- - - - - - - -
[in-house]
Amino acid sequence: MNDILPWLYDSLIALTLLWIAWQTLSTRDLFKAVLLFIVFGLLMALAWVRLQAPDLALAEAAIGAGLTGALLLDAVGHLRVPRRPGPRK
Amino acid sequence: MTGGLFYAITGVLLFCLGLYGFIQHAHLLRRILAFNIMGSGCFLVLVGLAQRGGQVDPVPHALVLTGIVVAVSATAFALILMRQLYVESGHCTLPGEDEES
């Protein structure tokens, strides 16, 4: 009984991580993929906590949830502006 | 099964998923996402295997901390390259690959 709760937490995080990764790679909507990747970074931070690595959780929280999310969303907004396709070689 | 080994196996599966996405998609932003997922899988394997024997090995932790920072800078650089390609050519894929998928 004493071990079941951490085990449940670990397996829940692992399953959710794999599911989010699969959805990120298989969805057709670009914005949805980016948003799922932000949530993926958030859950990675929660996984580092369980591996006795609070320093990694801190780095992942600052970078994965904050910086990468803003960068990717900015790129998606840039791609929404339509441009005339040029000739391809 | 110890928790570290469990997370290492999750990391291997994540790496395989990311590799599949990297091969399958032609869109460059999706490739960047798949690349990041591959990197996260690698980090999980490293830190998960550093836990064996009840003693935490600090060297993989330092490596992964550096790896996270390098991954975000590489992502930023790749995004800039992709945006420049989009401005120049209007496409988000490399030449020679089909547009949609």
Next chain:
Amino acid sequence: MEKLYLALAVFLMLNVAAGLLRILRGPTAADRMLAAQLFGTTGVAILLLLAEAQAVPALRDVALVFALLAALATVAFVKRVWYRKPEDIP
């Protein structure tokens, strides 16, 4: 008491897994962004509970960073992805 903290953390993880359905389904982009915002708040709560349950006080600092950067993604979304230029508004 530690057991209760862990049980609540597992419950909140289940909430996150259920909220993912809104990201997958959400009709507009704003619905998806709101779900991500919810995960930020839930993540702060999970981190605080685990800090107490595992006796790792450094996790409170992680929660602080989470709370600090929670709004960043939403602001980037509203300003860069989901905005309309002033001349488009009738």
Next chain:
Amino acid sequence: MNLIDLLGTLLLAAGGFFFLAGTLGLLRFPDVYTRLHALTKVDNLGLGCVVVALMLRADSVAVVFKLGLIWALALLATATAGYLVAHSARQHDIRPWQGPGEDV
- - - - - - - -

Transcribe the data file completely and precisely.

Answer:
[in-house]
Amino acid sequence: MNDILPWLYDSLIALTLLWIAWQTLSTRDLFKAVLLFIVFGLLMALAWVRLQAPDLALAEAAIGAGLTGALLLDAVGHLRVPRRPGPRK
Amino acid sequence: MTGGLFYAITGVLLFCLGLYGFIQHAHLLRRILAFNIMGSGCFLVLVGLAQRGGQVDPVPHALVLTGIVVAVSATAFALILMRQLYVESGHCTLPGEDEES
């Protein structure tokens, strides 16, 4: 009984991580993929906590949830502006 | 099964998923996402295997901390390259690959 709760937490995080990764790679909507990747970074931070690595959780929280999310969303907004396709070689 | 080994196996599966996405998609932003997922899988394997024997090995932790920072800078650089390609050519894929998928 004493071990079941951490085990449940670990397996829940692992399953959710794999599911989010699969959805990120298989969805057709670009914005949805980016948003799922932000949530993926958030859950990675929660996984580092369980591996006795609070320093990694801190780095992942600052970078994965904050910086990468803003960068990717900015790129998606840039791609929404339509441009005339040029000739391809 | 110890928790570290469990997370290492999750990391291997994540790496395989990311590799599949990297091969399958032609869109460059999706490739960047798949690349990041591959990197996260690698980090999980490293830190998960550093836990064996009840003693935490600090060297993989330092490596992964550096790896996270390098991954975000590489992502930023790749995004800039992709945006420049989009401005120049209007496409988000490399030449020679089909547009949609």
Next chain:
Amino acid sequence: MEKLYLALAVFLMLNVAAGLLRILRGPTAADRMLAAQLFGTTGVAILLLLAEAQAVPALRDVALVFALLAALATVAFVKRVWYRKPEDIP
């Protein structure tokens, strides 16, 4: 008491897994962004509970960073992805 903290953390993880359905389904982009915002708040709560349950006080600092950067993604979304230029508004 530690057991209760862990049980609540597992419950909140289940909430996150259920909220993912809104990201997958959400009709507009704003619905998806709101779900991500919810995960930020839930993540702060999970981190605080685990800090107490595992006796790792450094996790409170992680929660602080989470709370600090929670709004960043939403602001980037509203300003860069989901905005309309002033001349488009009738």
Next chain:
Amino acid sequence: MNLIDLLGTLLLAAGGFFFLAGTLGLLRFPDVYTRLHALTKVDNLGLGCVVVALMLRADSVAVVFKLGLIWALALLATATAGYLVAHSARQHDIRPWQGPGEDV